The studio is a 30×35-foot space with one wall painted for a green screen effect. A small voiceover recording studio is housed in a converted storage closet. Costine is a one-man production team. “We do everything on a shoestring and it works out somehow,” said Wilder. “We’re thrilled with AxisTV. There is always a learning curve. The more we use it and play with the different features, it’s going to be even better.”

AVI was the systems integrator and handled the installation for all seven sites including the hardware, wiring between monitors and media players, and wall and ceiling mounts for the displays. In addition, AVI built equipment racks for the video distribution gear and players. The installation was completed in about five business days. There were an additional four online training sessions as well as one in-house training day.

The PCSO Office of Communications maintains the system’s content server, trains additional users, and approves and schedules all messages on the displays. Content creators with the appropriate security clearance can update information on SNN on a daily basis. Each individual must log on to the system in order to create, revise, edit, or approve content.

According to Visix president Sean Matthews, the security is “controlled very tightly” due to the public and private displays. “When a media player is set up, the sheriff would have access to all the playlists including public safety announcements and other general population information, but the community contributor would only have access to the general playlist. The media player in the lobby of a facility is only programmed for PSAs, but the one in the deputy locker room is programmed to output information suitable for the internal population of the PCSO.”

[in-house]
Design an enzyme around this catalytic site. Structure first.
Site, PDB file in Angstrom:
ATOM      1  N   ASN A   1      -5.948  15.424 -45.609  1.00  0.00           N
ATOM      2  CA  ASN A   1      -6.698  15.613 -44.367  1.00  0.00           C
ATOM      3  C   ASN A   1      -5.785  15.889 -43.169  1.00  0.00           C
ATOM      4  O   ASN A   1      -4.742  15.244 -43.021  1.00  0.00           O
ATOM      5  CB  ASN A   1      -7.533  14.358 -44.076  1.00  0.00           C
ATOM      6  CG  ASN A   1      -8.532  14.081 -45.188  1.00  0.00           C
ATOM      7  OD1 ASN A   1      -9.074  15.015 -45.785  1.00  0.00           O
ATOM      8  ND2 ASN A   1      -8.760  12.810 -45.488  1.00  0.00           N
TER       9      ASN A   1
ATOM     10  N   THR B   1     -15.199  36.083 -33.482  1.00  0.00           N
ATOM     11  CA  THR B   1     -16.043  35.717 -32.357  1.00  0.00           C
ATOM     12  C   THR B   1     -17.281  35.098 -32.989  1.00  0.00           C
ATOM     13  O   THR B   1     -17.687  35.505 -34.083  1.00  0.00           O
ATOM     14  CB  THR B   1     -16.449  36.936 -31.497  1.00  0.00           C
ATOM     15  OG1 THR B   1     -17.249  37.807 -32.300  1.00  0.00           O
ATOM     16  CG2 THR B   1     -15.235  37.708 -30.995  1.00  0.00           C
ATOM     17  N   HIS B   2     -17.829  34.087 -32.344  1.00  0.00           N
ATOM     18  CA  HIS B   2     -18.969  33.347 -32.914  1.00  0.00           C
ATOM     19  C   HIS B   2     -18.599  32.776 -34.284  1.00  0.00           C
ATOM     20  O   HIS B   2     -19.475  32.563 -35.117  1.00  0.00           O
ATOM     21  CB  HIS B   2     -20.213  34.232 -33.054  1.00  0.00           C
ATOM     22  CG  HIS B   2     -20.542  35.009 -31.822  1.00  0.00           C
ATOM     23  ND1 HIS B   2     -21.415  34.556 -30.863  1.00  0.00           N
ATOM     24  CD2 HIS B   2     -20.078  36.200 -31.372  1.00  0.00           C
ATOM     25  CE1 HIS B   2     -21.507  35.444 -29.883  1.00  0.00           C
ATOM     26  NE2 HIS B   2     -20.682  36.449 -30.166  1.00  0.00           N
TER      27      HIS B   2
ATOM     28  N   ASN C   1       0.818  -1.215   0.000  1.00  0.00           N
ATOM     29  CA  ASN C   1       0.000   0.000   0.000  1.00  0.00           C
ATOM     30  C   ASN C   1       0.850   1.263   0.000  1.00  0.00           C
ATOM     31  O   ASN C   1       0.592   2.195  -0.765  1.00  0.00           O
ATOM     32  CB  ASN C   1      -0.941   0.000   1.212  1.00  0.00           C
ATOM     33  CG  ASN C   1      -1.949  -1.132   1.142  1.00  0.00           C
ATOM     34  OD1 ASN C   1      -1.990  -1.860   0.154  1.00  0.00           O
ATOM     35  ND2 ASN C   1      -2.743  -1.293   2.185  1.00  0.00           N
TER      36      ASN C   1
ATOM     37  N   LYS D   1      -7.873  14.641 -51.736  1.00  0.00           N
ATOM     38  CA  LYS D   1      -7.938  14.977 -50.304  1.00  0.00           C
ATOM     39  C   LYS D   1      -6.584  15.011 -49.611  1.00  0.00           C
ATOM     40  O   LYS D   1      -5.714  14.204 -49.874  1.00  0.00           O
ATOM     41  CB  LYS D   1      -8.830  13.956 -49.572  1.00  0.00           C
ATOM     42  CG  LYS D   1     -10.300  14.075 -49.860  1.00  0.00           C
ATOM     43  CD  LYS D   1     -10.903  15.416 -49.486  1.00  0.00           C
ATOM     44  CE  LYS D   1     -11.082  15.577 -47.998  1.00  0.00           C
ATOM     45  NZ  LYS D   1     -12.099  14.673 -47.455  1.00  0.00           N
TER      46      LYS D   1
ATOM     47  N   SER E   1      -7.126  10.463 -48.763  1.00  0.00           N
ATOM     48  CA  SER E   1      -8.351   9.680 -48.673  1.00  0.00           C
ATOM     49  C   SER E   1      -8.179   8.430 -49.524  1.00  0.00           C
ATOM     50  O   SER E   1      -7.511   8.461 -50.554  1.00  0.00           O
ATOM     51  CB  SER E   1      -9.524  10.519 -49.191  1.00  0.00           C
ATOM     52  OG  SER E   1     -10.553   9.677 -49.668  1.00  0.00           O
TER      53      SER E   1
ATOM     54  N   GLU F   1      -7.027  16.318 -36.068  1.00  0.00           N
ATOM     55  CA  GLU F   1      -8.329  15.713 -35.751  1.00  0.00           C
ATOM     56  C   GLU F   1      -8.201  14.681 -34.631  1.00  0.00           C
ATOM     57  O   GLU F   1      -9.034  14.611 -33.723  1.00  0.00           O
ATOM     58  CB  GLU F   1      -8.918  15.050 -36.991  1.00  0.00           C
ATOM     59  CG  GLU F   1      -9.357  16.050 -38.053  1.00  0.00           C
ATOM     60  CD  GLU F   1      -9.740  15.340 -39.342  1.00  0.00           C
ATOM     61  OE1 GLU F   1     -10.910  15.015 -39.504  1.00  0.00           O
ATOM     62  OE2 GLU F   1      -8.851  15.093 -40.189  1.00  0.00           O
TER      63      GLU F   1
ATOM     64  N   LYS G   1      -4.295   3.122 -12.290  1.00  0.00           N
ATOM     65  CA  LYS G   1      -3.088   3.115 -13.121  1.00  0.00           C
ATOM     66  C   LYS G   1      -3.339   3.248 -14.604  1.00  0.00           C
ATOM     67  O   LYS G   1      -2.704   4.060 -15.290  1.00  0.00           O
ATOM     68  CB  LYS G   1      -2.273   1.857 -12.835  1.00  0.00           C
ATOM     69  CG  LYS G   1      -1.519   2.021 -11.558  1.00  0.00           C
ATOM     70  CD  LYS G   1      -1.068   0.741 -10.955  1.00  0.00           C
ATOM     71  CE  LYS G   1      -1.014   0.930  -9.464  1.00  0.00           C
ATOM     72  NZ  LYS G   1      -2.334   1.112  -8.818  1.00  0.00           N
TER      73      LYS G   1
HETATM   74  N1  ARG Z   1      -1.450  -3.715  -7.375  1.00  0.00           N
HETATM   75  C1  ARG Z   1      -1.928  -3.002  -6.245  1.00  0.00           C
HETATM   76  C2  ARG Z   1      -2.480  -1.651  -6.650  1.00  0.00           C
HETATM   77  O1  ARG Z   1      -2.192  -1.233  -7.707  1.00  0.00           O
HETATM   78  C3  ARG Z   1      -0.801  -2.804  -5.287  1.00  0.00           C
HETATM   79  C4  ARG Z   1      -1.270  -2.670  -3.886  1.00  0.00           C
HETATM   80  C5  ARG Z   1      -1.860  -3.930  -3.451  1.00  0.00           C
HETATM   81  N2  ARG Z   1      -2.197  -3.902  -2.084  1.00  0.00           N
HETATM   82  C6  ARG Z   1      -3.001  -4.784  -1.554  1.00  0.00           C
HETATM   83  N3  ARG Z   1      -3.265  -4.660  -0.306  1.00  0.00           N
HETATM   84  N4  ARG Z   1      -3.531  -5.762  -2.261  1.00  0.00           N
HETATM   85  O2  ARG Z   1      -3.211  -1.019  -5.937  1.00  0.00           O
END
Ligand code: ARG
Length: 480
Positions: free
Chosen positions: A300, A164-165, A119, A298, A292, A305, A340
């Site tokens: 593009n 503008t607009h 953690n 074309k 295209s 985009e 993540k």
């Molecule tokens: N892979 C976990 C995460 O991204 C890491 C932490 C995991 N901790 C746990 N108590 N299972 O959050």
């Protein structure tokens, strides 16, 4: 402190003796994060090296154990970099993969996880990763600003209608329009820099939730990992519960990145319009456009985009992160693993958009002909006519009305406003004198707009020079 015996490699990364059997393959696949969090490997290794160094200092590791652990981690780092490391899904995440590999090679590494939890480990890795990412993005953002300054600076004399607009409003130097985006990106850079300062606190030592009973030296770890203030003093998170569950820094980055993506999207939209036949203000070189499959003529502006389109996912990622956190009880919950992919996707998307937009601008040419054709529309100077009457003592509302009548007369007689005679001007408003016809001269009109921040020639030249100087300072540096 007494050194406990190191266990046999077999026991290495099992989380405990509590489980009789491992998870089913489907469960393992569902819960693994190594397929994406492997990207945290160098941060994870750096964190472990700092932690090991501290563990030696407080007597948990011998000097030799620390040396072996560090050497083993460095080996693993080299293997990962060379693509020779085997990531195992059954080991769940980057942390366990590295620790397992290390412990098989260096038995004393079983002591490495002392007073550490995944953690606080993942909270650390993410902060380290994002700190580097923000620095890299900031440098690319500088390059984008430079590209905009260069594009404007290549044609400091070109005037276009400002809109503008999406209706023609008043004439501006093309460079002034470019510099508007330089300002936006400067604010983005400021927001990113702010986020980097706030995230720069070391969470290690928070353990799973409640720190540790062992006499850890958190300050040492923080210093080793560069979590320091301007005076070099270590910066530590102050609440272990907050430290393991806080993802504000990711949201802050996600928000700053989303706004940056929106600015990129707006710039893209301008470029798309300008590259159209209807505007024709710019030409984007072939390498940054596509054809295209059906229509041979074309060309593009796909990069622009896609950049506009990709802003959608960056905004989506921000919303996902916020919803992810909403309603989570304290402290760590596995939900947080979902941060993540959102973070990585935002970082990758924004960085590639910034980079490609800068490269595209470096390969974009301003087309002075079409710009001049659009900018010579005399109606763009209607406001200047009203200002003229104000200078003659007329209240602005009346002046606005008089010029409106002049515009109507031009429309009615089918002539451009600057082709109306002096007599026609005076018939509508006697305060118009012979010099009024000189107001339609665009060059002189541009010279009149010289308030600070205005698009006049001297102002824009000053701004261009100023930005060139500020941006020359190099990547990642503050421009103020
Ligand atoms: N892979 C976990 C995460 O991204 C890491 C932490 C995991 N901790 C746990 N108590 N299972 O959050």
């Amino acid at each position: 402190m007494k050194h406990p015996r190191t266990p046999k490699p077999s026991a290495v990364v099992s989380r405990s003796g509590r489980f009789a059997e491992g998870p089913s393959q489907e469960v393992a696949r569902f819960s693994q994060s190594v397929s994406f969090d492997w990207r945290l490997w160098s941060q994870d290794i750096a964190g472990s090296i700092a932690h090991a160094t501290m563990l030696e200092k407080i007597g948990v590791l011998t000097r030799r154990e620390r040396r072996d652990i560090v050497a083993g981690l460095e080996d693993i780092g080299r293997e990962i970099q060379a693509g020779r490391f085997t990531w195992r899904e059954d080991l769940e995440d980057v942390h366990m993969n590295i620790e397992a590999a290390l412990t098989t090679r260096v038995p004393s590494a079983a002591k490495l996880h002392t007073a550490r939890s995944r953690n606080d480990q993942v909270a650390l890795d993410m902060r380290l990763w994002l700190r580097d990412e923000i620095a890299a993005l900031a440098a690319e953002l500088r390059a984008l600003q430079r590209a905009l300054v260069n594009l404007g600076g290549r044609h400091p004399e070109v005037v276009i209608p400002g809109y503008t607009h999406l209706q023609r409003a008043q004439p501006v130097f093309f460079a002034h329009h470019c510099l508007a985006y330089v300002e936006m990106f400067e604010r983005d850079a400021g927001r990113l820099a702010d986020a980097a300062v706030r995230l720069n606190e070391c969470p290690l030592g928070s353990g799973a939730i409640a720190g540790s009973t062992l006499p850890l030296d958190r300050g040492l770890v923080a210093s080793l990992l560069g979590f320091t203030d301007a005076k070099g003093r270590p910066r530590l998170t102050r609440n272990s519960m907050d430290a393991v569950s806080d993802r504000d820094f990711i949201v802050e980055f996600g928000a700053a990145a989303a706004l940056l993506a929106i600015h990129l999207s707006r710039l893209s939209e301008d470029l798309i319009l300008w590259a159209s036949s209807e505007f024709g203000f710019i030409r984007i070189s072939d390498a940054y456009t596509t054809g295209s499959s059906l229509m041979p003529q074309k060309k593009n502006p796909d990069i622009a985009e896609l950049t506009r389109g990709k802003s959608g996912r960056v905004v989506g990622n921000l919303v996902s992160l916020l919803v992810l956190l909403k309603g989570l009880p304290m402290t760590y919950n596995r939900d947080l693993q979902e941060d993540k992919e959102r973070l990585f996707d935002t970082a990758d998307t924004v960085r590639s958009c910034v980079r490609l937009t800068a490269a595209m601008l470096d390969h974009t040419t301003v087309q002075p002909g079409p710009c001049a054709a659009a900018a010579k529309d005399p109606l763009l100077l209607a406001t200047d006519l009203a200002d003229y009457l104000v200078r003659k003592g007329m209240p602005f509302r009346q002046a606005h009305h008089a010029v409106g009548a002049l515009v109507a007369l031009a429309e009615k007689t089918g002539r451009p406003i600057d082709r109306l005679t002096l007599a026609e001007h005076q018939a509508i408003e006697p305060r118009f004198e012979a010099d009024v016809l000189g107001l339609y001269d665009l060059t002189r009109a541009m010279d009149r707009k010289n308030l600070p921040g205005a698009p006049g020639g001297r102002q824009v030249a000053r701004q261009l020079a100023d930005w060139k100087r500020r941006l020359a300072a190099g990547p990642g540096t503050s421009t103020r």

Access for content creators is done through user roles and privileges. In this way, an intern who is creating content will have some security clearance, but content will need to be approved before it’s published on the displays. Visix media players support both static and dynamic IP addresses, which enables remote access.

“Those who process approval will receive e-mail notification when a piece is ready for review. That individual receives a thumbnail image on their cell phone, for example, or could log onto a PC to review, edit, or post it,” noted Matthews.

“We have a good internal network, but we were worried about streaming this information across our network – we have hundreds of deputies using it at the same time,” Wilder explained. “AxisTV pushes the video and audio through and loads it on the PCs at each of our facilities, so when it’s not running across our network, it’s playing on our PCs.”

“One of the things about SNN, just like in any marketing campaign, you don’t send the message out once – you send it again and again. That’s one of the things we get from AxisTV.”